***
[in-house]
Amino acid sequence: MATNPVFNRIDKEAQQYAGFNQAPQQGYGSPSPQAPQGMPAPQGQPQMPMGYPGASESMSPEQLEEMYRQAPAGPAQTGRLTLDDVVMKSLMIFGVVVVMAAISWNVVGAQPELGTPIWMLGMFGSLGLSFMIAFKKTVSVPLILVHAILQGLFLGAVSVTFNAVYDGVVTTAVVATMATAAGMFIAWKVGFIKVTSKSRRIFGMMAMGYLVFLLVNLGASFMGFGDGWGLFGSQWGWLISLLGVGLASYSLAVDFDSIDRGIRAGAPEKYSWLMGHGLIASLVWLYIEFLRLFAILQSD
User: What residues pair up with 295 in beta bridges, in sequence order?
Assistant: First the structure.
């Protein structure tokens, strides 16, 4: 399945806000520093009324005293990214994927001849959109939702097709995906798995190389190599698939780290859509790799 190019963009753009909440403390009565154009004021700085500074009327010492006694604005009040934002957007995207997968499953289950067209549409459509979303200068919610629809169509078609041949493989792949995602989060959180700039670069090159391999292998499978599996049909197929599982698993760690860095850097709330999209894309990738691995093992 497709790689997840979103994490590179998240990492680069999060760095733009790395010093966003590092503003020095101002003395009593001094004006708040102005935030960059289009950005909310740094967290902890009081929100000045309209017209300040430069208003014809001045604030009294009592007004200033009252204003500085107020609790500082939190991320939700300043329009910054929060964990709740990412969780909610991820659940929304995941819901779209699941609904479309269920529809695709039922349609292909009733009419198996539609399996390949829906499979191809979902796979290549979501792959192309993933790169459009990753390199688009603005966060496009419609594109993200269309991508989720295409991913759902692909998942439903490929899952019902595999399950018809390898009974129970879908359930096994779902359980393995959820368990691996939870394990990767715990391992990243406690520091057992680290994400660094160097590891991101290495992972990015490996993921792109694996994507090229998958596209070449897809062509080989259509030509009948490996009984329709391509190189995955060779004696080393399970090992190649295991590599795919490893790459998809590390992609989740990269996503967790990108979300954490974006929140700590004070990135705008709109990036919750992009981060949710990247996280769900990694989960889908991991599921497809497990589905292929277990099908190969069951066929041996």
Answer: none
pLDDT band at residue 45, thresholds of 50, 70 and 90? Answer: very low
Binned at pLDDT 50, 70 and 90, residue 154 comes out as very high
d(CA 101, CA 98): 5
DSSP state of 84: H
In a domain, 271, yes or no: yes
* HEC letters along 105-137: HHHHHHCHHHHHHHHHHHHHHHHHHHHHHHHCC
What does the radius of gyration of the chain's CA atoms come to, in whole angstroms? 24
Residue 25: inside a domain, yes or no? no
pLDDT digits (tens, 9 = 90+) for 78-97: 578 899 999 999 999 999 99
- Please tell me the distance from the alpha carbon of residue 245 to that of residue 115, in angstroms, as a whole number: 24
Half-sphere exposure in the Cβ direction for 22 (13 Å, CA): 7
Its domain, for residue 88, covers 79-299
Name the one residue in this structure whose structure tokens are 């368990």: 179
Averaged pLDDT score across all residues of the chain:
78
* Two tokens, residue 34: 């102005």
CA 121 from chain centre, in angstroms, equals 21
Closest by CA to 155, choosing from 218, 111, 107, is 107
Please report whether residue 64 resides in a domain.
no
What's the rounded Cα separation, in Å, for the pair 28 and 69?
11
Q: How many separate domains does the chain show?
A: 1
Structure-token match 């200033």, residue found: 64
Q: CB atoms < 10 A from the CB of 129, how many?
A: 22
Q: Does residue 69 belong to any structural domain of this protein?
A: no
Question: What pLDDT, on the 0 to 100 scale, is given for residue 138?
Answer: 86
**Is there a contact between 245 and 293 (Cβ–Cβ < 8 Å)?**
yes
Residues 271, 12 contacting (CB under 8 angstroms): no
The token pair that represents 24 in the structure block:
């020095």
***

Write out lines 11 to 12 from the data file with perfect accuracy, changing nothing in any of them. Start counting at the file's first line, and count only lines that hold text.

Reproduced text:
In a domain, 271, yes or no: yes
* HEC letters along 105-137: HHHHHHCHHHHHHHHHHHHHHHHHHHHHHHHCC